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2-01-2012 @ 6:00PM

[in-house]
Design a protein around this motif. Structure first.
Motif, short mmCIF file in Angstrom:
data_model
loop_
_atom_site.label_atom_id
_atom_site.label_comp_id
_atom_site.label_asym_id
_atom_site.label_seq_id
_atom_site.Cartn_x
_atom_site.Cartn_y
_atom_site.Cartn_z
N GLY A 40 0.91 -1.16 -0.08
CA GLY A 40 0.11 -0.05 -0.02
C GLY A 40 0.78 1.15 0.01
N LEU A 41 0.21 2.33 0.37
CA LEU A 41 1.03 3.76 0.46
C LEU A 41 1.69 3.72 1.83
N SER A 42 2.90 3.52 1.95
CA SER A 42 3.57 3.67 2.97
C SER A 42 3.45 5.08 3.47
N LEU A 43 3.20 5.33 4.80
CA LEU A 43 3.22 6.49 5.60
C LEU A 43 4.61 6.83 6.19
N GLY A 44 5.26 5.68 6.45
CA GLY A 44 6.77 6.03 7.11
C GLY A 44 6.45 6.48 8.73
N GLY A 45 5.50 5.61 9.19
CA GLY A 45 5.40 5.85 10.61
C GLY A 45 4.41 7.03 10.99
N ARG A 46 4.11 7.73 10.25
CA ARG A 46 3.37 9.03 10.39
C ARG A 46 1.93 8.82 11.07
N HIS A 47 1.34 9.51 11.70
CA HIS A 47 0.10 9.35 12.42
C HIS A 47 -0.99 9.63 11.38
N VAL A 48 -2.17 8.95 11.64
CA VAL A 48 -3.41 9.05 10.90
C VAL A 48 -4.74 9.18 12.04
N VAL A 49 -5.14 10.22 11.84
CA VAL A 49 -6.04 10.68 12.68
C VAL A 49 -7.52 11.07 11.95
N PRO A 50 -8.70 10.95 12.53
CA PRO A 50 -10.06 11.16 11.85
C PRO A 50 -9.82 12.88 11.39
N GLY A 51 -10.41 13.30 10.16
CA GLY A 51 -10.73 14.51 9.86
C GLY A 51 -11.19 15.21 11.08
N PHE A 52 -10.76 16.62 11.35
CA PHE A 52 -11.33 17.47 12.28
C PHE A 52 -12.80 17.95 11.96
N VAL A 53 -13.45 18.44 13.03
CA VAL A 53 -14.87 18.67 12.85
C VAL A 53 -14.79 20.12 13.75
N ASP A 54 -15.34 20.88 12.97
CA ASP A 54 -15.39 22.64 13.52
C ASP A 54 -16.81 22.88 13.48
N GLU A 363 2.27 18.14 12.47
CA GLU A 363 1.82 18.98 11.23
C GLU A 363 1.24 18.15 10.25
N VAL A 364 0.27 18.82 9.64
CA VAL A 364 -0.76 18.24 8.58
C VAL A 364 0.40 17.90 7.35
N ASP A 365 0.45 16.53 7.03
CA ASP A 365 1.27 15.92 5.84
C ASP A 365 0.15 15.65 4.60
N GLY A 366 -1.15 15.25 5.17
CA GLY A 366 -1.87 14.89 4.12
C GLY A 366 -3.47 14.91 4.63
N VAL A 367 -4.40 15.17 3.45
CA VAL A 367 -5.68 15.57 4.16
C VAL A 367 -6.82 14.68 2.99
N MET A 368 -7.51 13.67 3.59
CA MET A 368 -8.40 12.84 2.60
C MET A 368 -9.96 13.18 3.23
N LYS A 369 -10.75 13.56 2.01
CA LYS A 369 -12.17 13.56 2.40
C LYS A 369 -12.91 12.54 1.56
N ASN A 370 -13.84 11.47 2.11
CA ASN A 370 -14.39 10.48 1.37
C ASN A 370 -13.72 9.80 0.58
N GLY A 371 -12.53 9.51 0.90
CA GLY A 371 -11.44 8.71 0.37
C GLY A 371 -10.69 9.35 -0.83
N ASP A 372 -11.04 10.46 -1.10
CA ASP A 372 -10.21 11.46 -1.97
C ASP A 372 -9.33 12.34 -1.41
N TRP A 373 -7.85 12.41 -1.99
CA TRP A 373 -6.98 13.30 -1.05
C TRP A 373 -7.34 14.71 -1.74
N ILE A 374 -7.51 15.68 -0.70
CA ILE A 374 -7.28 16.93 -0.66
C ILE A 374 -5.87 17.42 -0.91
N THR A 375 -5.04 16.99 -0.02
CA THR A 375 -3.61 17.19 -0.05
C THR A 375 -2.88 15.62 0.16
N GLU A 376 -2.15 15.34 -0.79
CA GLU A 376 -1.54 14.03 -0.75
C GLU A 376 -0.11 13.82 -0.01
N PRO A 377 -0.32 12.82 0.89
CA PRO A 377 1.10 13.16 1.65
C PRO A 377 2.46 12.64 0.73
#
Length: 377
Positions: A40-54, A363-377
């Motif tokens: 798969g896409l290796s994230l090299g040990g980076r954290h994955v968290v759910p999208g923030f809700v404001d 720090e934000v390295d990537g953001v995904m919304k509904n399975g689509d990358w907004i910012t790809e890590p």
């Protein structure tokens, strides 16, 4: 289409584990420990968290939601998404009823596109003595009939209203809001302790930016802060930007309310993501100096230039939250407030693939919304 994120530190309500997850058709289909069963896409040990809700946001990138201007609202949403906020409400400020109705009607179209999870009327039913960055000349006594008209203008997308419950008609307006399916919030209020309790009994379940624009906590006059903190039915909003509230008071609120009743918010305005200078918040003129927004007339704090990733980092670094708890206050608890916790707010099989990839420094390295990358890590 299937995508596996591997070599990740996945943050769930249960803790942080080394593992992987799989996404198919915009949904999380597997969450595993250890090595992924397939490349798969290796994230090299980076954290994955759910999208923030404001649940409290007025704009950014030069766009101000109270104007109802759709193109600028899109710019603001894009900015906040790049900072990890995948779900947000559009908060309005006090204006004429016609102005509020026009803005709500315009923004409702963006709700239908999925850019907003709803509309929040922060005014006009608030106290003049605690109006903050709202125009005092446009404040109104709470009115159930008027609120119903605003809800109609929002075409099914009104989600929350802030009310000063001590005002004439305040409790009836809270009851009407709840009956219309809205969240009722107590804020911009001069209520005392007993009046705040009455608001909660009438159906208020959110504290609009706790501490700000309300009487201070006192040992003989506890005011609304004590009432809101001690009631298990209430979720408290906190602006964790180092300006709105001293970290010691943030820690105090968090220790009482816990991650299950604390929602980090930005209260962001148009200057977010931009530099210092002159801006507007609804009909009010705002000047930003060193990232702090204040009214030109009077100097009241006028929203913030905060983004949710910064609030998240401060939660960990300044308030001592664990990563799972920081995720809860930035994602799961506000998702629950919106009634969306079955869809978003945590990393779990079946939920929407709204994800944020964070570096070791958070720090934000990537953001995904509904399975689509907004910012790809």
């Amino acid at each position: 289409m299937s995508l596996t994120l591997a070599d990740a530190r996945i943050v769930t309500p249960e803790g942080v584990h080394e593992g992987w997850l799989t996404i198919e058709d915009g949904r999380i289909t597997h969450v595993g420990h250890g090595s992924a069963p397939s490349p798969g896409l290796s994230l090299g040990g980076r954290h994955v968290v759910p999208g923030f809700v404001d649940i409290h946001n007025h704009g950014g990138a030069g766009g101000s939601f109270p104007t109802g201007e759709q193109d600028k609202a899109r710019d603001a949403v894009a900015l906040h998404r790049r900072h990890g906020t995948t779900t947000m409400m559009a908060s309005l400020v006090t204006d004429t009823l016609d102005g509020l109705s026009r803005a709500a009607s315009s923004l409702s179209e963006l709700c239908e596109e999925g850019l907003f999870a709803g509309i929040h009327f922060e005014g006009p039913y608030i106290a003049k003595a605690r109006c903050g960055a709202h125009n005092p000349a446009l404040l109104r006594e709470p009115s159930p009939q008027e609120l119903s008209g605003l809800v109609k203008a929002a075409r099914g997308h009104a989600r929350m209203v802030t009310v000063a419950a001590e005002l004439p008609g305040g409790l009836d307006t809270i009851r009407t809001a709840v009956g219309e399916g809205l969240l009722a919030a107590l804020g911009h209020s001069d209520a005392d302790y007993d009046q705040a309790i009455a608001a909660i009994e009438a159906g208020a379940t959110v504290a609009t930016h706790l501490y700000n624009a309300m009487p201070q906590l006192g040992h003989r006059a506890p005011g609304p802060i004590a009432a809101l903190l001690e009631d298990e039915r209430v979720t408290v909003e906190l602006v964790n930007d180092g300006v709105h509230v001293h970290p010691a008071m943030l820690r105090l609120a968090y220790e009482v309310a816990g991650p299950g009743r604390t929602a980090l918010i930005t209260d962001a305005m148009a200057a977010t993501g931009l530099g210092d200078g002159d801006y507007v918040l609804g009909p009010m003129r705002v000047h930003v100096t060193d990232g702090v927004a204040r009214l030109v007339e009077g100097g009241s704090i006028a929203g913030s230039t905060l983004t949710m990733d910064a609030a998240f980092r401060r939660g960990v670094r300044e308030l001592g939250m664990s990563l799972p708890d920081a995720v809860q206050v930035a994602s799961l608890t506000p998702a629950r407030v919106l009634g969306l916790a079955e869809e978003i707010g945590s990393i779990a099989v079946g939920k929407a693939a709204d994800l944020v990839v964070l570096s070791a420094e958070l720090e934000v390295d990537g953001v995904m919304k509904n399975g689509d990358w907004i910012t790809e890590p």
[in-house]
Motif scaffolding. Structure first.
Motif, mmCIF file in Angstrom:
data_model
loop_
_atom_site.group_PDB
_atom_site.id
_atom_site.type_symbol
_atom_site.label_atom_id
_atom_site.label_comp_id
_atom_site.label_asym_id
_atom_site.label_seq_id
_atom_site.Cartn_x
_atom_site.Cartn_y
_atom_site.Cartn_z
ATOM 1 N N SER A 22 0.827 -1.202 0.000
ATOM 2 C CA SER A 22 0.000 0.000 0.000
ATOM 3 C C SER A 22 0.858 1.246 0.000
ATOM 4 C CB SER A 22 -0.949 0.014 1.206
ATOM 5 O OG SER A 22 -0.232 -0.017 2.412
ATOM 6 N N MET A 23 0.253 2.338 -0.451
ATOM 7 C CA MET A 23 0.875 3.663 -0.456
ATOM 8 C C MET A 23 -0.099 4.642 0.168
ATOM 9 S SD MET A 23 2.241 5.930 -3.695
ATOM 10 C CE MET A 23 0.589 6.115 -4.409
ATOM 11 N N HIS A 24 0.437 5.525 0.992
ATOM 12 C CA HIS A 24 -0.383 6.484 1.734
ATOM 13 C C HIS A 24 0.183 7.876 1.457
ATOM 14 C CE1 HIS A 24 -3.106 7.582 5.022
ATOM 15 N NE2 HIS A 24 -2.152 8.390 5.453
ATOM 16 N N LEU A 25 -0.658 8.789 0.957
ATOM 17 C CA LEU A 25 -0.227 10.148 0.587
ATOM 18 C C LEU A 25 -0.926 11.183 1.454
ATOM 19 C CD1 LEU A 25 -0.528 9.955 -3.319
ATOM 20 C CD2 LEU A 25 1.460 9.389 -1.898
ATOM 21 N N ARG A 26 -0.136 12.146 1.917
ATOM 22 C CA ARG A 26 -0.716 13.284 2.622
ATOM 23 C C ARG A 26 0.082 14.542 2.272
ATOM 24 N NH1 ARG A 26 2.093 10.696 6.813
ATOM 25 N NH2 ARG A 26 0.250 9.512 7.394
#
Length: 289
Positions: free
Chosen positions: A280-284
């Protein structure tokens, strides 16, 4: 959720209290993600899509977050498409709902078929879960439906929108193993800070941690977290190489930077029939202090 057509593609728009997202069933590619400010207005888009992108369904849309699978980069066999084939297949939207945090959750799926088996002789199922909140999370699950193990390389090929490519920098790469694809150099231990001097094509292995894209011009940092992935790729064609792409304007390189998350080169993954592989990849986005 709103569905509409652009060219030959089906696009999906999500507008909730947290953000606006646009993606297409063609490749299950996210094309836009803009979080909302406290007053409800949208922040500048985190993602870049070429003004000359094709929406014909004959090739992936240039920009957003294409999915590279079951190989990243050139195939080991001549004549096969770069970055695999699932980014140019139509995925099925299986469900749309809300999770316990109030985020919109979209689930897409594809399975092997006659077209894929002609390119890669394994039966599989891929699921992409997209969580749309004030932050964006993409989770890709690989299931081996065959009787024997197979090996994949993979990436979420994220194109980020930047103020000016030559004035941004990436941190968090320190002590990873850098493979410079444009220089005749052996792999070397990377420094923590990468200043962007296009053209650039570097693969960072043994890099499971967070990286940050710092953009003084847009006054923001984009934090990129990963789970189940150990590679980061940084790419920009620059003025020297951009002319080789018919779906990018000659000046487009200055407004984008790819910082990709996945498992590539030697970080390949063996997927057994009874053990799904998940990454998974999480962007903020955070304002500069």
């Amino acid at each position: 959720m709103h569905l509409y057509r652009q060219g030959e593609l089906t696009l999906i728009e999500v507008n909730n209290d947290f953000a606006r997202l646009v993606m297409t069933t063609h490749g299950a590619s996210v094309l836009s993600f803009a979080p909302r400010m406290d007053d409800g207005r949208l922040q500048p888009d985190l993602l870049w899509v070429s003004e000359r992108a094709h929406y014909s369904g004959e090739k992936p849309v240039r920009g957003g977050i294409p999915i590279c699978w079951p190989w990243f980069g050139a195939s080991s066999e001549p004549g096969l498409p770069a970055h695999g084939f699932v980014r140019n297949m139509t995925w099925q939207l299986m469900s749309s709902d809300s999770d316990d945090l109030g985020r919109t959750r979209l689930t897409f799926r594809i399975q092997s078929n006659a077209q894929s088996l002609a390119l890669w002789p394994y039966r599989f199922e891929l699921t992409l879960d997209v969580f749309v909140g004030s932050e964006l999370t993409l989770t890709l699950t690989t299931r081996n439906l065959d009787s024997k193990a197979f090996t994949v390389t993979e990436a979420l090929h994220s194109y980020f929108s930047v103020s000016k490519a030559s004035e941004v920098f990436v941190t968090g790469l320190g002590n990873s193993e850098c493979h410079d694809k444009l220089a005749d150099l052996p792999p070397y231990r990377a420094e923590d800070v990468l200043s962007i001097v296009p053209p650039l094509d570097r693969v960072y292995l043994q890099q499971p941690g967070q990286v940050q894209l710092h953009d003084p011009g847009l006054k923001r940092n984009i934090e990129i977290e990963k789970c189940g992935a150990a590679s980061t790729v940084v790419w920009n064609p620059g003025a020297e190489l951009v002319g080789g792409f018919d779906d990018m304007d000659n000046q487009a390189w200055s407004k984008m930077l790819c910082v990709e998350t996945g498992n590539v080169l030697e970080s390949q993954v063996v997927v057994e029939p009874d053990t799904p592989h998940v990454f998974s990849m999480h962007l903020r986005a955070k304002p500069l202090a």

Quick story: I once walked in on a naive white guy talking to a black coworker that he was friendly with. The conversation was completely innocuous (I don't even remember what they were talking about) until the white guy says, "There's a colored guy in my class..." To which our coworker responded, "A WHAT guy in your class?" At this point I started listening pretty intently. Here's the long and short of what followed: The white guy, in trying to not offend the black guy, chose...poorly. The black guy explained to the white guy why that was not "cool" and told the white guy that it's fine to say "black." The white guy said, "Sorry," and the black guy said, "It's okay, you didn't know."Was the black guy wrong for being offended? No. Was the white guy using an offensive term? Yes. Here's what's more important: They treated each other with respect and spoke rationally and maturely. The white guy didn't mean any offense and the black guy was not personally offended, but recognized that the other person needed to know that there is a lot of meaning behind certain words.Right now, there's a semantics argument happening. The real issue is intent (on both sides). There are people just waiting to be offended just as much as there are people actively trying to offend others. The only way to remove yourself from the equation is to be cognizant of your environment. I say things that people would consider offensive all the time, but I say them to people who I know won't be offended. No one should have to walk on eggshells, but that doesn't mean you can say whatever you want, knowing that there are socially unacceptable words, and expect the community as a whole to embrace your self-centered worldview.tl;dr: Be an adult, recognize the power of language, and have respect for yourself and others.
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